Dr. John Hosler Shares the Importance of Jerusalem Religiously
The Dome of the Rock, pictured in the vector image, holds religious importance for Islam. It is also a well-known landmark in the city of Jerusalem.
By: Daniel Heitshusen
Concordia hosted associate professor of military history at Command and General Staff College, Dr. John D. Hosler, to speak to students about different topics of Jerusalem. Hosler’s speech, titled, “Target Jerusalem: The Strategic Place of the Holy City in the Middle Ages,” took place in Thom Auditorium on March 14.
Hosler’s talk revolved around the importance of Jerusalem religiously and the importance of its three different sieges, in A.D. 638, A.D. 1099 and A.D. 1187.
Hosler pointed out that Jerusalem is important religiously to Christians, Jews and Muslims. He gave detail as to how each religion values Jerusalem and what the significance is for that religion.
Hosler talked about how, for Christians, the death and resurrection of Jesus Christ, taking place in and around Jerusalem, is what makes it significant. The Church of the Holy Sepulchre, which resides in Jerusalem today, has paths leading to the traditional sites of Golgotha, the crucifixion, a stone marking where Jesus was prepared for burial, and the tomb itself.
Jerusalem’s significance for the Jewish people goes back to Genesis 22:1-2. The Temple Mount is believed to be the same place where Abraham took Isaac to sacrifice, but instead sacrificed a ram. King Solomon built the Temple in Jerusalem on the Temple Mount, which was later destroyed, but rebuilt by Herod the Great in the first century B.C. Herod’s Temple, however, was destroyed in A.D. 70. Nevertheless, in Jerusalem today the West Wall of the Temple, or the Wailing Wall, is still standing.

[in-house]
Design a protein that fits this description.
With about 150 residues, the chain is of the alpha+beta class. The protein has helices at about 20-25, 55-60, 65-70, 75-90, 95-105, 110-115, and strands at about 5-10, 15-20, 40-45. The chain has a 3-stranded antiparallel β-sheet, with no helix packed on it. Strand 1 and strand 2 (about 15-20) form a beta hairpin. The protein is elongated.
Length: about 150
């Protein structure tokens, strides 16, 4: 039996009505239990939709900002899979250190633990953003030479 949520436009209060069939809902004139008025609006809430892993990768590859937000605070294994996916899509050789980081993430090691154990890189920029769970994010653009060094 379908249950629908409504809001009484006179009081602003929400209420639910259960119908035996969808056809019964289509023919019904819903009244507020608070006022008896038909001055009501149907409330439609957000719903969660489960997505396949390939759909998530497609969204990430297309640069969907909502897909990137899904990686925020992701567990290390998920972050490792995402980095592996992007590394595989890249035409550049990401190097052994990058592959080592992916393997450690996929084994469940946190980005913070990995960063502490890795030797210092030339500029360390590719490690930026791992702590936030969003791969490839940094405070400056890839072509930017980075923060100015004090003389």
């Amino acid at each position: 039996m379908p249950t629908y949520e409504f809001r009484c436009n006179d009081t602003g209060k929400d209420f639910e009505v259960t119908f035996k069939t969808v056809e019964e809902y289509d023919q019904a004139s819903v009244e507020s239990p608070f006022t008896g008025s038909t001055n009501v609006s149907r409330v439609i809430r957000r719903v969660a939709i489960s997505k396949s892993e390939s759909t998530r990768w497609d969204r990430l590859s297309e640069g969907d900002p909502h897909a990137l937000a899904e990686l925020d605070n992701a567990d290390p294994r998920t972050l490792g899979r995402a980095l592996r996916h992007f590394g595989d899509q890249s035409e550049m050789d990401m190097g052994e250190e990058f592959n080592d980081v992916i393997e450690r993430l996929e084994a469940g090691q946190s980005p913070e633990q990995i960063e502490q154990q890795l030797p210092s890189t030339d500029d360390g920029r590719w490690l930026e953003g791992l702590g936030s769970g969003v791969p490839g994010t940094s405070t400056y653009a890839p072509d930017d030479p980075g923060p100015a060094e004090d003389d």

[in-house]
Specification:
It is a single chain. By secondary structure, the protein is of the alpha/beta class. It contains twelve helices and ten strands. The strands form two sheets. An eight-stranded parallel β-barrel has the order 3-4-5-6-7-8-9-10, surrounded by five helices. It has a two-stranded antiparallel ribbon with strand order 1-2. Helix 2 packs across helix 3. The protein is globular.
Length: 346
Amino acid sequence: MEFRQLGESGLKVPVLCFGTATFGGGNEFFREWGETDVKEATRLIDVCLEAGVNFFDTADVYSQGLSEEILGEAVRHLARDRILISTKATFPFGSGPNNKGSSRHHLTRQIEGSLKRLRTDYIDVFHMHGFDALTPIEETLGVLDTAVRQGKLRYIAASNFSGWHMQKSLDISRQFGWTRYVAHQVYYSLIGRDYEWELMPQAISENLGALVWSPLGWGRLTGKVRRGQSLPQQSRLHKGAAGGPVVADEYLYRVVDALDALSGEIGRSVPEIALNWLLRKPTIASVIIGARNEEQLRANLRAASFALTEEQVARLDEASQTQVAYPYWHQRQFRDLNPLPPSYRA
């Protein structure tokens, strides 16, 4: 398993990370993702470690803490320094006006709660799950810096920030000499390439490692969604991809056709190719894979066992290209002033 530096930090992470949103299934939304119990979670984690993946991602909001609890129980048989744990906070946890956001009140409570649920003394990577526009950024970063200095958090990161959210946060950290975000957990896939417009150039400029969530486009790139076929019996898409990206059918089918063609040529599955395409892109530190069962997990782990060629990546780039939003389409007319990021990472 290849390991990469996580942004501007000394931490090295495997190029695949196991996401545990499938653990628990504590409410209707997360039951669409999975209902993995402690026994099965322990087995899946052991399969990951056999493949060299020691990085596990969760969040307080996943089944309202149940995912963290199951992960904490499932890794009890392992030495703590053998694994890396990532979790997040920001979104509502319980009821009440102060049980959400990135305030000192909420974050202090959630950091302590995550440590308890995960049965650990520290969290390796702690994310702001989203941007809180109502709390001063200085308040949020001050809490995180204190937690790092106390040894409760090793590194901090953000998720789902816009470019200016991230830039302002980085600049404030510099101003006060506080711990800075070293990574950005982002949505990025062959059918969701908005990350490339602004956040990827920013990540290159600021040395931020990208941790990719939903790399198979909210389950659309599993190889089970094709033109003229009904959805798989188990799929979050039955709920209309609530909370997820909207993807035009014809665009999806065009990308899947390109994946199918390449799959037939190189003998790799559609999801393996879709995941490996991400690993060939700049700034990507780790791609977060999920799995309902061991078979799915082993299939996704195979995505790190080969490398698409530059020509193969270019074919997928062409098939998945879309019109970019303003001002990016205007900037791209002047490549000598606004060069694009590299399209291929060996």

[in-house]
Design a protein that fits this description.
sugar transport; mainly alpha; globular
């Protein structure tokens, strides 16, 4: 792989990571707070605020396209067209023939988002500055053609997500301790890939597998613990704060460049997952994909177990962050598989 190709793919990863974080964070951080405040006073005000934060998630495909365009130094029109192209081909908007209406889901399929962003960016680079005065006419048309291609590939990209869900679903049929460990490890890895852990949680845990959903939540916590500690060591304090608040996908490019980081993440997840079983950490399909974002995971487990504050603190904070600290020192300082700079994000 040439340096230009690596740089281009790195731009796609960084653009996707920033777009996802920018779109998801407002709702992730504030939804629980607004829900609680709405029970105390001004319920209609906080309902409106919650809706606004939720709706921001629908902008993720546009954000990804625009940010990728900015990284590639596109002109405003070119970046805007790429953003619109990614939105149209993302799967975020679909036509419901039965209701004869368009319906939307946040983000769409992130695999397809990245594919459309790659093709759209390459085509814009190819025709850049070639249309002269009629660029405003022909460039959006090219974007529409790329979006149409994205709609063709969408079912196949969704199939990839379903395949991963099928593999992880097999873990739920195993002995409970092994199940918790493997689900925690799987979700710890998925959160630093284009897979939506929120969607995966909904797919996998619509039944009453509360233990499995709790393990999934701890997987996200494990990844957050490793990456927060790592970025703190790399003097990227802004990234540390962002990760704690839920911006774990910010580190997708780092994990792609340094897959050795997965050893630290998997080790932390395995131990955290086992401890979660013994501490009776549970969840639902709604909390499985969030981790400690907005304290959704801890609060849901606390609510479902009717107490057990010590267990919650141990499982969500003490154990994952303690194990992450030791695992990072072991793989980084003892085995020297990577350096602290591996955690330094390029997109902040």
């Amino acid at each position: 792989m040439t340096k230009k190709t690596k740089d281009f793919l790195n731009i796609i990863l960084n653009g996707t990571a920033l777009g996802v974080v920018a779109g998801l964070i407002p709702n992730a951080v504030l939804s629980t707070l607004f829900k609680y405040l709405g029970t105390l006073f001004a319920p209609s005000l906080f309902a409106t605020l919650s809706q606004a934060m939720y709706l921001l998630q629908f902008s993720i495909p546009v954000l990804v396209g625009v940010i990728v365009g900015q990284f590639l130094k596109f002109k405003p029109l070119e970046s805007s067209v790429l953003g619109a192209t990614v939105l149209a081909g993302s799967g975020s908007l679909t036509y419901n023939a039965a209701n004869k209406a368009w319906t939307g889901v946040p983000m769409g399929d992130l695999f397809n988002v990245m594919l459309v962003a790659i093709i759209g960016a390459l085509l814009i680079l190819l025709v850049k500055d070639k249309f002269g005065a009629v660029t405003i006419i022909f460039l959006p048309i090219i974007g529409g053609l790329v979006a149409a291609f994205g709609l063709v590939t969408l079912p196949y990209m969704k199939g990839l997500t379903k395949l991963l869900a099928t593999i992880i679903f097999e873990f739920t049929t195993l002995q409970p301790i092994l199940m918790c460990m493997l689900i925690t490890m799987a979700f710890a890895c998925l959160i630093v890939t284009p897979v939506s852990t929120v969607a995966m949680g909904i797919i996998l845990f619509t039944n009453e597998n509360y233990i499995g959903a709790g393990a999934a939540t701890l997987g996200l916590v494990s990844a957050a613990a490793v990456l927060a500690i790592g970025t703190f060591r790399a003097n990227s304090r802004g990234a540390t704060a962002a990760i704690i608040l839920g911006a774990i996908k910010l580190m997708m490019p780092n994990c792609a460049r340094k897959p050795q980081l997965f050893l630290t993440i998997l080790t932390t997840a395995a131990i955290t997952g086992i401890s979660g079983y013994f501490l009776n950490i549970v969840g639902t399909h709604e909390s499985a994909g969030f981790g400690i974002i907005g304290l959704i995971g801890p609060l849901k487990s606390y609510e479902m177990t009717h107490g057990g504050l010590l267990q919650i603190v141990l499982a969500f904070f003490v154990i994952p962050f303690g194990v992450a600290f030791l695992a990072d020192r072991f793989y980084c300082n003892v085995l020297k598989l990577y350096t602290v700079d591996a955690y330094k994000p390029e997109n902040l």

Finally, for Muslims, Hosler said that the significance comes from their Prophet Muhammad. Muslims believe that Muhammad took a night journey to Jerusalem, landing on the Temple Mount in Jerusalem, and was then taken into heaven. Today, the Dome of the Rock commemorates the spot where he ascended into heaven, and the al-Alqsa Mosque stands where he is said to have landed.
Having explained the significance of Jerusalem to Christians, Jews and Muslims, Hosler turned to focus on the sieges of Jerusalem. While there are many sieges of Jerusalem, he focused in on three specific sieges: One in A.D. 638, where the Muslims took Jerusalem, one in A.D. 1099, where Jerusalem was taken by the first Crusade, and the final one in A.D. 1187 by the famous Muslim warrior Saladin.
Hosler explained that a common theme in the sieges against Jerusalem is essentially: A big battle between the current inhabitants of Jerusalem and the invaders takes place, the defending army is eliminated, Jerusalem is weak and thus taken over by the new army.
Hosler closed his speech with a time for questions and answers. Hosler has also written books, the most recent of which is The Siege of Acre, 1189-1191: Saladin, Richard the Lionheart, and the Battle that Decided the Third Crusade published by Yale University Press, 2018.